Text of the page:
Jonathan Power: North Korea—The Long Way Around

Jonathan PowerOne small step forward by North Korea and the United States; one large step for mankind. The political fight to persuade North Korea to halt its nuclear bomb making activities seems at last, in the dying days of the Bush presidency, to be entering a serious phase.

Washington has finally bowed to the North Korean request to remove it from the U.S. list of sponsors of terrorism—which will enable the renegade state to become eligible for international loans and sundry other economic benefits—in return for Pyongyang agreeing to re-allow inspections to verify a North Korean promise to freeze its nuclear activities, as it undertook last year and then withdrew from.

After nine years of erratic U.S. policies—met by equally erratic and bellicose North Korean ones—the negotiations have ended up almost where they started following the highly fruitful diplomacy of the Clinton administration that transformed Pyongyang from total intransigence to a willing and helpful negotiating partner. Indeed, by some counts, this was the Clinton administration’s only substantial and productive foreign policy success. (That said, a Republican majority in Congress during the Clinton years torpedoed commitments made by his administration, diluting the real benefits.)

During the Bush administration, North Korea has tripled the amount of nuclear weapons’ material it has in store. Worse, it has exploded a nuclear bomb and probably has enough material to produce half a dozen more.

This must count as one of President George W. Bush’s worst foreign policy feats. A record of commitments made in tense but productive negotiations were not honored. Bush called the regime “evil” and then offered aid. It refused to negotiate over financial issues (notably money laundering by Banco Delta Asia) then returned the funds it had impounded.

Bush’s first secretary of state, Colin Powell, was made a fool of. After he declared that the new administration would try and complete the work of its predecessor, Powell was in effect publicly repudiated. The insider work of Vice-President Richard Cheney and Secretary of Defense Donald Rumsfeld pulled the rug from beneath him. Even the one time that Bush tried to take a more positive approach, officials working in committee at the interagency level managed to deflect it—such is the power of the senior bureaucracy (surely, a lesson for the future president).

Fortunately, the negotiations have been salvaged by a very determined second term secretary of state, Condoleezza Rica, who took personal charge of the talks and empowered a skillful principal negotiator, Christopher Hill, to burrow through the pile of confusion and misunderstandings that have now been heaped one atop the other.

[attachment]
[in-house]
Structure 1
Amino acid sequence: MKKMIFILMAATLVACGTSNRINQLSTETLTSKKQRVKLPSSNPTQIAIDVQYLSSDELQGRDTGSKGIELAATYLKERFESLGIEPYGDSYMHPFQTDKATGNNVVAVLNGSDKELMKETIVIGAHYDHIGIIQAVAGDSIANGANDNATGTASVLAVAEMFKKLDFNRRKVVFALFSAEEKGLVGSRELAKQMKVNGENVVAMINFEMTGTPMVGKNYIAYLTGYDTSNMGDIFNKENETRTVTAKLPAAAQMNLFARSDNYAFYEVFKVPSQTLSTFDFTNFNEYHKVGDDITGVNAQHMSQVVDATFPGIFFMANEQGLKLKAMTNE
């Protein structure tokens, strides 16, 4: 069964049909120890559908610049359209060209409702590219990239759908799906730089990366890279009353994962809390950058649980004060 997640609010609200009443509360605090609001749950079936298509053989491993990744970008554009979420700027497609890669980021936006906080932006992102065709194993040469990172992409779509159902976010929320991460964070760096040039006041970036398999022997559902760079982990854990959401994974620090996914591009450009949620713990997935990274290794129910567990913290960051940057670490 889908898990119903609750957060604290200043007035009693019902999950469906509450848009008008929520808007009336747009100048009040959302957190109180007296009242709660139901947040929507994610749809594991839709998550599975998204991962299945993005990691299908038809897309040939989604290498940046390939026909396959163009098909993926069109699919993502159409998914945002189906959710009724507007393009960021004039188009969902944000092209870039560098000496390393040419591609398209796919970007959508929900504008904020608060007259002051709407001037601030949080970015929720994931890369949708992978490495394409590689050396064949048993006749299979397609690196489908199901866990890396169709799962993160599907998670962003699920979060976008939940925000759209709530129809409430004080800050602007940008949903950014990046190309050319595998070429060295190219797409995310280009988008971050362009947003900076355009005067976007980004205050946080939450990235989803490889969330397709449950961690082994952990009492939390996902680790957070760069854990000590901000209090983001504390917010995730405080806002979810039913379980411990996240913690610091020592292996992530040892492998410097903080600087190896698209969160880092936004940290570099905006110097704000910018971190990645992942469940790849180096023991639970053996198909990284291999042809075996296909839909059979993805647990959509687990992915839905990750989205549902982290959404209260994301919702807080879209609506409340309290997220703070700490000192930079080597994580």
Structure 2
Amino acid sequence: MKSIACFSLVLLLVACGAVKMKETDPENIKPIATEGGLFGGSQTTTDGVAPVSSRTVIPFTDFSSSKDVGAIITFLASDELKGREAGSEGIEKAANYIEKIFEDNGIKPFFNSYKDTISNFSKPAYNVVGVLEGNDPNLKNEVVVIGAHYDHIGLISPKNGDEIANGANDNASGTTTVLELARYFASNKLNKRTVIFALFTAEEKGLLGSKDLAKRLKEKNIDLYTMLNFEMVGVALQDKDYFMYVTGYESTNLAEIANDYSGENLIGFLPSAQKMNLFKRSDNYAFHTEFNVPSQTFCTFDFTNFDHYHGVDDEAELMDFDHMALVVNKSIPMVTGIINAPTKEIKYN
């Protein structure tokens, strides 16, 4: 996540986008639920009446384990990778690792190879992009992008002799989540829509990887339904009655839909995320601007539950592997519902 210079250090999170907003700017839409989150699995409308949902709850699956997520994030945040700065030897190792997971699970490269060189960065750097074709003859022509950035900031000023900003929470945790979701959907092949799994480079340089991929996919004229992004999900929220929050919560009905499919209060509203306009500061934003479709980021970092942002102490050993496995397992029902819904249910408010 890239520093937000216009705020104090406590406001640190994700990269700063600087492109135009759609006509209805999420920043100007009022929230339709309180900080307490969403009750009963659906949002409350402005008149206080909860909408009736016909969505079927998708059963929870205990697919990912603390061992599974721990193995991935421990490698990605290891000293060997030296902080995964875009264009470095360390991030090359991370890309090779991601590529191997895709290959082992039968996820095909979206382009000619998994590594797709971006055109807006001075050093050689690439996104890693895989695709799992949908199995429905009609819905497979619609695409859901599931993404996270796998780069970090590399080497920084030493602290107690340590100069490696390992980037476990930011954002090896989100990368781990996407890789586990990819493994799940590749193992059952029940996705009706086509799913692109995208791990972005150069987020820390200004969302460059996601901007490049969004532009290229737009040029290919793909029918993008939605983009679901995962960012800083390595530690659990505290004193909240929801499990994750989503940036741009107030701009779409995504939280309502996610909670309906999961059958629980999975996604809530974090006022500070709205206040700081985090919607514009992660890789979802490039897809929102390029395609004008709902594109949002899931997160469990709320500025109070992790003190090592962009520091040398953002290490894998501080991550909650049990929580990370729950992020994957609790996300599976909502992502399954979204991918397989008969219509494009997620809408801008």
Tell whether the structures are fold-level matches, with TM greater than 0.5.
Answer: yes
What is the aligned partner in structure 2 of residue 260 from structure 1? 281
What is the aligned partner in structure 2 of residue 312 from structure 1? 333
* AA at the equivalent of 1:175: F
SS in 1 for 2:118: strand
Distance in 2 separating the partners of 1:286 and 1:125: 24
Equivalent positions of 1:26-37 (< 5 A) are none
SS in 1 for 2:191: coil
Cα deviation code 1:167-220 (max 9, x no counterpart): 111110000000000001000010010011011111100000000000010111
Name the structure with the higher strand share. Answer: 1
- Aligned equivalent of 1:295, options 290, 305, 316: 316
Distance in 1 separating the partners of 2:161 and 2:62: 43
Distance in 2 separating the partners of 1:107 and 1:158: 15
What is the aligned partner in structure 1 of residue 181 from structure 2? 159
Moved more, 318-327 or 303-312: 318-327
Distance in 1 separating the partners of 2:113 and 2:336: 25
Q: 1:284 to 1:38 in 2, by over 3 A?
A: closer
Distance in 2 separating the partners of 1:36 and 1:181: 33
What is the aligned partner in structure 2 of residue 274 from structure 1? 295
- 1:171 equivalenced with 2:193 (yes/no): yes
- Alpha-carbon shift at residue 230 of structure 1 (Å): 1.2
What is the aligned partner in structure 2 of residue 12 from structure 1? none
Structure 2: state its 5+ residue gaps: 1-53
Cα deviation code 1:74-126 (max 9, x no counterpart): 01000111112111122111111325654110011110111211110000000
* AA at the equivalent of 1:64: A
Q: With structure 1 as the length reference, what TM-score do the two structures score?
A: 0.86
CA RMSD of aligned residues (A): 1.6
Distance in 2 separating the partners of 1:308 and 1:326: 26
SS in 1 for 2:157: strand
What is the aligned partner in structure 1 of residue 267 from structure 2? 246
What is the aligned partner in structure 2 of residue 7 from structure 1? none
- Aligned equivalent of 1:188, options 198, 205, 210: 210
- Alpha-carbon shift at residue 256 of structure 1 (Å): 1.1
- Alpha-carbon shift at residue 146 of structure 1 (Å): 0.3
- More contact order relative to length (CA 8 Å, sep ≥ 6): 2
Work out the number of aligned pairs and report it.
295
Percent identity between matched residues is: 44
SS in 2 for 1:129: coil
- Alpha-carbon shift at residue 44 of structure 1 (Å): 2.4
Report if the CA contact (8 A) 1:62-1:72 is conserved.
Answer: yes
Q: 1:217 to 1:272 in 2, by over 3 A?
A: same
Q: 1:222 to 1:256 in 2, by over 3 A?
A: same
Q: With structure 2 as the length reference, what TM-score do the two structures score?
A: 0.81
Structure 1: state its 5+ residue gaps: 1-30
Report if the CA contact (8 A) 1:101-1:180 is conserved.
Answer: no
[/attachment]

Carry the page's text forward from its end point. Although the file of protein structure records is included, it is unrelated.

The force and frequency of U.S. negotiating offers were stepped up and Pyongyang’s twists and turns—and often appalling misbehavior—were greater tolerated. In September 2005, the United States formally offered a non-aggression pledge and an offer, in principle, to normalize relations. It also resurrected discussion of the Clinton decision to help finance and build a “light water” reactor that would help satisfy North Korea’s domestic power needs, without producing more bomb-making material. (The reactor sits half-finished.) In return Pyongyang agreed to denuclearize and to open itself to international inspection.

Perhaps inevitably, both sides interpreted the agreement differently. The North again became intransigent. In October 2006, it exploded an underground nuclear device. Wisely, Rice managed to persuade Bush to dilute the inevitable rhetoric and finger-pointing. As a result, the administration continued with a more conventional diplomacy, sidelining hard-liners such as Cheney.

The Rice/Hill push continued forward. Fuel aid and food were offered as carrots. Then, earlier this year, the offer bore fruit. North Korea agreed to disable its nuclear weapons and other important facilities at its Yongbyon main nuclear complex. It also said it would welcome (or perhaps grudgingly allow) back both U.S. and UN inspectors. But when Washington balked at removing North Korea from its state sponsors of terrorism list Pyongyang stalled.

Now we finally have the breakthrough, with the added bonus that North Korea has agreed to allow access to undeclared nuclear sites, but with the proviso the inspections come by mutual consent. This leaves Pyongyang with at least one more card to play.

Fuel aid was promised amid hints that the work on the nuclear reactor could recommence. Still, there is enough ambiguity in the agreement to allow the North to barter for more concessions in the future.

Nevertheless, a wheel has turned, bringing us almost back to where the Clinton administration left off. The next U.S. president will have to pick up the baton and hopefully sprint with it.



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